News From the Farm | May 17, 2021

Last week I picked up a phone call from the post office letting us know that we had a special package to pick up. This was a little more exciting than the average box of seeds or office supplies – it was a shipment of baby chickens! Sending chicks through the mail is nothing new, it’s been standard for over 100 years, but I always find it a little mind-boggling that you can get chicks in the mail just like you do a pair of shoes.

Chicks aren’t the only living creatures we get through the mail. We also order a few types of insect to assist our on-farm biocontrol team. Biocontrol means using natural enemies to manage pests. We deal with a lot of insect pests on the farm. These pests harm the plants by eating leaves and fruits, transmit diseases to our crops which kill or greatly reduce production of those plants, and/or cause severe cosmetic damage that makes produce unsellable. There are a number of ways to deal with them, but one way is to harness their natural enemies, be they predators, parasitoids, nematodes, orpathogens.

One example of a predator would be ladybugs, which are great at eating aphids. Some of you may have noticed a few stowaways in your boxes over the past few weeks, a sign that we’ve got a lot of bugs out there helping us out! We don’t order ladybugs through the mail, but this spring we have ordered lacewings because their larvae are active predators of soft-bodied insect pests like aphids, thrips, whiteflies, leafhoppers, spider mites, and mealybugs. In the summer we’ll order and release trichogramma, tiny parasitic wasps that lay their eggs in and feed on eggs of moths and butterflies, particularly corn earworm, which as its name suggests, is preys on our sweet corn. We also get a blend of three parasitic wasps that prey on flies near our animals. We’ve tried other insect helpers in the past, but this is the current mix.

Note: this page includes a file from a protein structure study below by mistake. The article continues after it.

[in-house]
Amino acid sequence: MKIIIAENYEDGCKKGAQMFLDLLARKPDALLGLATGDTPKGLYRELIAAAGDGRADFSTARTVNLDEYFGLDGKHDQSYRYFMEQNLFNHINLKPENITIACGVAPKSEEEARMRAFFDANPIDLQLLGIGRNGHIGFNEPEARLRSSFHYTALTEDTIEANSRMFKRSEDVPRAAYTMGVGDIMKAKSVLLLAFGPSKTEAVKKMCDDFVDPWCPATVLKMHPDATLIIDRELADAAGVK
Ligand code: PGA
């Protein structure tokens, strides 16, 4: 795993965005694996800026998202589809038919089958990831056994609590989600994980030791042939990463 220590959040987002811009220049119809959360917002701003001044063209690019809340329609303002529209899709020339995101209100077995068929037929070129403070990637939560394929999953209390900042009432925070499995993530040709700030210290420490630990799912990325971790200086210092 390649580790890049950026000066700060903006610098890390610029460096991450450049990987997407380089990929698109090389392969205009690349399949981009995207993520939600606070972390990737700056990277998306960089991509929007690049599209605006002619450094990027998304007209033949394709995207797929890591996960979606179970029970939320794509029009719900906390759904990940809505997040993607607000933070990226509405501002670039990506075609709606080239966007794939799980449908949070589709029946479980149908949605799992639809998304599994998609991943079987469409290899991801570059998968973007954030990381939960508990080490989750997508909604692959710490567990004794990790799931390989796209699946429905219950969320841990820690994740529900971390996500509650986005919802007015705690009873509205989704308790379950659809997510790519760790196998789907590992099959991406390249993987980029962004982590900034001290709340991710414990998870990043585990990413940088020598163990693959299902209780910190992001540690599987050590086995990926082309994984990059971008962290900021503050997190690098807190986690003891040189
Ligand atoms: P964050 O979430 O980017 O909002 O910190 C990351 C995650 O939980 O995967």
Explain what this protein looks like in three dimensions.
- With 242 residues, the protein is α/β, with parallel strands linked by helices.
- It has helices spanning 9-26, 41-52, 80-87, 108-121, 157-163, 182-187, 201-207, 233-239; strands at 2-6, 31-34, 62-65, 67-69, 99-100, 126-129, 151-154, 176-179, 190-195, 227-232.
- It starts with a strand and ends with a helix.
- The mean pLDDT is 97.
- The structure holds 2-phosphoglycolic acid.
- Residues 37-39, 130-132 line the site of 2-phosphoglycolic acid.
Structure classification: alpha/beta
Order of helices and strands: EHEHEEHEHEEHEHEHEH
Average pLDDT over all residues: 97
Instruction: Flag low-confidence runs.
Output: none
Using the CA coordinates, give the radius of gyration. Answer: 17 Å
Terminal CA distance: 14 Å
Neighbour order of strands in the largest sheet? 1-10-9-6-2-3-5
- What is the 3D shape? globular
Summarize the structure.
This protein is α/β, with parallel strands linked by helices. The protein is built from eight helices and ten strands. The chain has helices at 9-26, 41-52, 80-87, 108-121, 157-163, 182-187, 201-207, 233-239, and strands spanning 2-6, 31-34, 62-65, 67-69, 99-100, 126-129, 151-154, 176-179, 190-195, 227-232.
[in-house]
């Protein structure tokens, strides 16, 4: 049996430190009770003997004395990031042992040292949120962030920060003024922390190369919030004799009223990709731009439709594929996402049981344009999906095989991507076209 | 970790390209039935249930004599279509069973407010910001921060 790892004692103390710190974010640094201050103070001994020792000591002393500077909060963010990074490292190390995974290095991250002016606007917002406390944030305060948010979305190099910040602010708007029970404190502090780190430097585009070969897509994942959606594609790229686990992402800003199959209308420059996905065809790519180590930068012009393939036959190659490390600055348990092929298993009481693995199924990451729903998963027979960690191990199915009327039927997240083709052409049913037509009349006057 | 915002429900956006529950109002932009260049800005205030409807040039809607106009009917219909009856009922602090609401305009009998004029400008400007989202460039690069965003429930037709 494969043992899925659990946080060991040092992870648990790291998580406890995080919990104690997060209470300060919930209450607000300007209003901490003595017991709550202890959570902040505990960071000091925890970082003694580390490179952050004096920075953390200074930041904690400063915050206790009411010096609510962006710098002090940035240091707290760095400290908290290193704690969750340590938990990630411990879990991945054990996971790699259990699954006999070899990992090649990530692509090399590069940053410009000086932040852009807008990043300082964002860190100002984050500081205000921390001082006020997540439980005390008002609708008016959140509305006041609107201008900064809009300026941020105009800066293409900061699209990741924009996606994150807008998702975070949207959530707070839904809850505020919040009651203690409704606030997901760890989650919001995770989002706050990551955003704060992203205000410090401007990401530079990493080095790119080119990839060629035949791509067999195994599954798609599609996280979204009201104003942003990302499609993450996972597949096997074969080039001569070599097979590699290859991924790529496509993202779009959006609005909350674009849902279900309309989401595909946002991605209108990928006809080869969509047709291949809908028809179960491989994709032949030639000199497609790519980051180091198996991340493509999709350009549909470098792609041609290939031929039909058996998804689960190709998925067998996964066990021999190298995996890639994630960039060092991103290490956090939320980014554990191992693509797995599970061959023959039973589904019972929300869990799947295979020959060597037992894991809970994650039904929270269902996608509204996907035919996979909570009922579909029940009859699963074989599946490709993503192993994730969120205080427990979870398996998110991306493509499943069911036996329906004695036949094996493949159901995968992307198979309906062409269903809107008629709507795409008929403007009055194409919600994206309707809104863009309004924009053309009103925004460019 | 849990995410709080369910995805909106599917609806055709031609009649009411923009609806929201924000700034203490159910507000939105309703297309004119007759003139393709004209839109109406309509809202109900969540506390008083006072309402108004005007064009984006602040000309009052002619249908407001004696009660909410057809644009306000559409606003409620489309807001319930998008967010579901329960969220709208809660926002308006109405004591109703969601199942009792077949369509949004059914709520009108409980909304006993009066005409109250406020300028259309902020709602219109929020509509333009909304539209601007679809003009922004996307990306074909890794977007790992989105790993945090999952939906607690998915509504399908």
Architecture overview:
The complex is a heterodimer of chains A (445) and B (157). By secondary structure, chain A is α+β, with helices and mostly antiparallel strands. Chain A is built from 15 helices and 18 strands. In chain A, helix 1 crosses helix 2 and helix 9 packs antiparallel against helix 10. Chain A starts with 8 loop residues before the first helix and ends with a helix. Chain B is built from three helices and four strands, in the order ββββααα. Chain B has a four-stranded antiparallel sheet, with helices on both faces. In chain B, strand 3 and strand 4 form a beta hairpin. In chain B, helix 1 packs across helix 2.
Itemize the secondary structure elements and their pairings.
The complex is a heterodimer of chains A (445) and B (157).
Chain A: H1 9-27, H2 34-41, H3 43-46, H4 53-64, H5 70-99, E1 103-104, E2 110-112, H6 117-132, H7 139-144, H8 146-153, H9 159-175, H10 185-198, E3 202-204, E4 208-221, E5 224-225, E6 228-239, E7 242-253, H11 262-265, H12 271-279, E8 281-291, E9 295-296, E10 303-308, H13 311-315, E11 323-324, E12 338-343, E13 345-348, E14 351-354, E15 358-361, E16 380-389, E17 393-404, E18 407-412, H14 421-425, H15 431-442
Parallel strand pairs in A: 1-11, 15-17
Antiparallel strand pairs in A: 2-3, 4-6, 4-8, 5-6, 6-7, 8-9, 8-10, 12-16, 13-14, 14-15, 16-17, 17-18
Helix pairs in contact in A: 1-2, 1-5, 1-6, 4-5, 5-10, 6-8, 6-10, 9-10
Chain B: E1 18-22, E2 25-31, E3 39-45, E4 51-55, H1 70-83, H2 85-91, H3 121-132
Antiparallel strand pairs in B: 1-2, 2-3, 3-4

This box, labeled “live animals” contains fly pupae, each one of which carries a secret.  Instead of hatching a fly, a tiny wasp will hatch out, ready to lay its egg in other fly pupae which it will seek out.

Buying insects for the farm is only one approach to biological control. Augmenting natural predators this way is fine, but our preferred method is to attract and support populations of existing or naturally occurring beneficial organisms by supplying them with appropriate habitat and alternative food sources. This way they’re already at the farm. Easier said than done though – it requires a bit of planning and intentionality to create a healthy habitat which will include hedgerows, cover crops, water sources, and insectary plants. Full Belly Farm was designed with these goals in mind. We’ve got four hedgerows (totaling about a half mile!), fields are laid out like a patchwork quilt to break up large blocks of crops, and we think about crop diversity within those fields. As a result, the predator insects that we want to deal with certain pests also have a home and source of food and shelter during other points in the year and at other points in their life cycle. For example, those lacewing larvae that love to snack on insects eventually turn into adult lacewings that live off of nectar and pollen, so we need to have adequate diversity and quantity of flowering plants in our hedgerows and fields to provide that kind of sustenance year-round.

But sometimes it makes sense to order in some reinforcements and when we do, it makes for a fun run to the post office when you get a box labeled “live animals” – though opening a bag of fly parasites is considerably less dramatic and much less cute, than a box of chicks!

— Elaine Sweidler

CSA Manager